Province confident N.L. can compete in pellets

Talks continue with Rentech on central and Northern Peninsula resources

Ashley Fitzpatrick
Published on August 23, 2014
New Brunswick has started a $400,000 study into the feasibility of a wood pellet plant in that province. The move has prompted questions of where this province is in developing its own pellet export sector. — TC Media file photo

This week, the province of New Brunswick announced it will spend $400,000 on a wood pellet plant feasibility study, raising the question of where Newfoundland and Labrador stands on its development of wood pellet exports.

The Government of Newfoundland and Labrador offered up about $10 million in commitments to Holson Forest Products for a new wood pellet plant at Roddickton, on the Northern Peninsula, between 2008 and 2012, only to be left with an idle facility, reportedly due to a lack of storage and port infrastructure.

The facility has since been tied into ongoing negotiations between the provincial government and American-based wood processor Rentech Inc., on a potential new forestry enterprise in the province.

According to CBC News reports in early April, old infrastructure in Botwood was also being looked at by Rentech.

Contacted this week, a spokeswoman for the Department of Natural Resources said Minister Derrick Dalley was not available for an interview.

“Discussions are currently ongoing with Rentech Inc. regarding forestry resources in Central Newfoundland and on the Northern Peninsula,” she told The Telegram Friday.

“These negotiations take time to ensure due diligence is given. We will be in a position to provide you with a further update once the process is completed.”

Liberal MHA Chris Mitchelmore said the trouble is when a veil is dropped it might be used to cover a lack of progress on the file. And having asked the department more than once for more information on the discussions with Rentech, he said he has been rebuffed.

He wants the province to offer up an idea of what is on the table.

“I think we have a lot of opportunity (in forestry), but it’s having a significant impact on the people when the resources are not being utilized or utilized fully,” he said this week, claiming the province was getting into exporting people rather than product.

Looking specifically at pellets, he said he believes Newfoundland and Labrador can be competitive and can see the Roddickton plant come into play, regardless of what might be happening in New Brunswick and other provinces.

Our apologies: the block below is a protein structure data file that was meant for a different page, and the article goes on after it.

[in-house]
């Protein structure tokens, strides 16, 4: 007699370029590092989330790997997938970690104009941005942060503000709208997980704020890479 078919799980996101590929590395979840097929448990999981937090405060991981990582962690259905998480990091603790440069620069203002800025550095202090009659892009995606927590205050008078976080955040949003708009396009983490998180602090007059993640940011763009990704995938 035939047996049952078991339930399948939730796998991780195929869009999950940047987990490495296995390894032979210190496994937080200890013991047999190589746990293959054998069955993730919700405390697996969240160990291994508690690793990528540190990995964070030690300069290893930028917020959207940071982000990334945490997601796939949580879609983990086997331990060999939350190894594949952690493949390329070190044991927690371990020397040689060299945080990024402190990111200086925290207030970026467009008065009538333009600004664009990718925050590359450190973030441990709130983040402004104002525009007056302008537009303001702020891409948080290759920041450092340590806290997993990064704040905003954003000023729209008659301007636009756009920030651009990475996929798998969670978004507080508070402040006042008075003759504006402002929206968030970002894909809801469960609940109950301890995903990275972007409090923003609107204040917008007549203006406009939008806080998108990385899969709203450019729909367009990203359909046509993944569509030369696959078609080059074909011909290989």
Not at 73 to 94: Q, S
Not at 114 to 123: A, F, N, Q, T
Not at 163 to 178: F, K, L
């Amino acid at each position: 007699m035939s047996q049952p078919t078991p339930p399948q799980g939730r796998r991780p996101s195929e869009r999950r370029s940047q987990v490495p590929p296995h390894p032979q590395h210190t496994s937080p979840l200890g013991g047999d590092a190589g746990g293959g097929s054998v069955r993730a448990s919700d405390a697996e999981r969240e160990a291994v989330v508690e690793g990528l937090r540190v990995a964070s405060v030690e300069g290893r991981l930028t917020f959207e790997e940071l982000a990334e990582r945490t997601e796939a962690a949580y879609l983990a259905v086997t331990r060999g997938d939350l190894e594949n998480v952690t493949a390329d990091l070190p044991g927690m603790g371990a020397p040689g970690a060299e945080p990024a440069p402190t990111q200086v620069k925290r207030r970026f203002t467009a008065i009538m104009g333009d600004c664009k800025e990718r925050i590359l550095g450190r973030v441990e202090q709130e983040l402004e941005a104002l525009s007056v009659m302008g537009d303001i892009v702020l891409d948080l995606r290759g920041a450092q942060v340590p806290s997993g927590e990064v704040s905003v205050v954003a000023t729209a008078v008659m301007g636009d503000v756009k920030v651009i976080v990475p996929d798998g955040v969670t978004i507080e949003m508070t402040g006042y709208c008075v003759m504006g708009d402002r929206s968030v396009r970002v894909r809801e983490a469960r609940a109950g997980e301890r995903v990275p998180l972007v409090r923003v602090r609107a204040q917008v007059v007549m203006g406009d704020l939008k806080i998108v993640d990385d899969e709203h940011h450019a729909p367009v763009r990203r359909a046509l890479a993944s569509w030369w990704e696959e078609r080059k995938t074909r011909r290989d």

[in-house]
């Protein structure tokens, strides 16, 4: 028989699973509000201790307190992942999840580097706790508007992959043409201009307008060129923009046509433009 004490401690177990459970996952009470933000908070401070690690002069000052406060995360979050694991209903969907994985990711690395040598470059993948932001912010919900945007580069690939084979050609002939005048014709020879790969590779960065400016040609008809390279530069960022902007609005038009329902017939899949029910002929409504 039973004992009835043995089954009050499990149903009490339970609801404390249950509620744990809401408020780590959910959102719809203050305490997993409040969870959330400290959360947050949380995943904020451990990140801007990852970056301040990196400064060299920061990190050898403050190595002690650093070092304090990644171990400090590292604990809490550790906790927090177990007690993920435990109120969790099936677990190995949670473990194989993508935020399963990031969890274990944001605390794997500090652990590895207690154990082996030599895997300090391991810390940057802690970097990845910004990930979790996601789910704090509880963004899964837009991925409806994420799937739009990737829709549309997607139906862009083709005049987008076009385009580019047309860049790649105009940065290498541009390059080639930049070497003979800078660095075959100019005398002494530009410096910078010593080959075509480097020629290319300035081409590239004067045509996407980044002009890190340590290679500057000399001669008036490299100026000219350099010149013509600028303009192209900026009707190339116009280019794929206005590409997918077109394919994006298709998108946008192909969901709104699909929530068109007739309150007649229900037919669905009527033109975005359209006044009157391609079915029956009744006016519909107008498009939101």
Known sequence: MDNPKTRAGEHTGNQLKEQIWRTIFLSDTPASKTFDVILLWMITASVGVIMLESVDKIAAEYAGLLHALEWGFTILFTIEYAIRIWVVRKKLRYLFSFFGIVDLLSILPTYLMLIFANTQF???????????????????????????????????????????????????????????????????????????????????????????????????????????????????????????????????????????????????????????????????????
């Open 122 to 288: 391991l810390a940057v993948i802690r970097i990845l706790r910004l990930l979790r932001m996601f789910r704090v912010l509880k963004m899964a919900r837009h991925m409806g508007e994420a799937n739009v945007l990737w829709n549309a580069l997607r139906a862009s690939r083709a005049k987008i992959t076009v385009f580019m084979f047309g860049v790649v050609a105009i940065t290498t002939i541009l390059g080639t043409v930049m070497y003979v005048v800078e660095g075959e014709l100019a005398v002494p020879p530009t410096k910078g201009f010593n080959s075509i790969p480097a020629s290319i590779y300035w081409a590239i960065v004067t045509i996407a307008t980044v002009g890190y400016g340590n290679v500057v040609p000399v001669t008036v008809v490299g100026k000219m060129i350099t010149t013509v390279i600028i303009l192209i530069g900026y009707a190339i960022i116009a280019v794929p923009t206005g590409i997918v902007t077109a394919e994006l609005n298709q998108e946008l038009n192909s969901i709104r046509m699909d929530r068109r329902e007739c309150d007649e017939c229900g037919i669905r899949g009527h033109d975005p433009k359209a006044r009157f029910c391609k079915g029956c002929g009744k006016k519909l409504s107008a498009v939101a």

He said there will be a need for new transportation infrastructure for pellet exports.

“The Roddickton case shows there’s still needed infrastructure investment,” agreed NDP MHA George Murphy.

The NDP representative said caution is required in looking at any new government spending, as opposed to private spending.

“They’ve got to be very careful on this one,” he said.

“If they’re going to be investing taxpayers’ money, they better be open and transparent about it.”

Staff with the Department of Natural Resources have expressed confidence in the ability for this province to be viable in wood pellets.

“We are confident that a pellet plant in this province would be competitive with a similar plant in New Brunswick,” reads the emailed response to questions.

More specific comments were made during meetings of the government’s public accounts committee in February 2014.

“The demand for wood fibre, even though the pulp and paper sector is declining, is increasing and it will increase over the next 10 to 20 years. A lot of people need cellulose and lignin products,” said Wade Bowers, an assistant deputy minister with the department.

“Pellets have their place on that value chain. They are not the highest, they are not the lowest, but it is a viable product and it is a product that you can make a profit with given the facilities that we are promoting. We are seeing evidence of that in the Eastern Seaboard in the U.S.; we are seeing it in other parts of Canada.”

On transportation challenges, Bowers said companies in British Columbia are producing pellets, shipping them down the coast, through the Panama Canal and then over to Europe.

“They are five times the distance from the marketplace than we are and they are still making profits,” he said.

Under questioning, he added the department was working to see exports become a reality.

As for Rentech’s position, it issued second quarter results on Aug. 7, with president and CEO D. Hunt Ramsbottom highlighting the planned start to commissioning of two new wood pellet plants in Ontario, in the second half of the year.

“We are focused on execution at our operating businesses while pushing forward on specific opportunities to significantly expand our wood chipping and pellet businesses,” he said, in a written statement.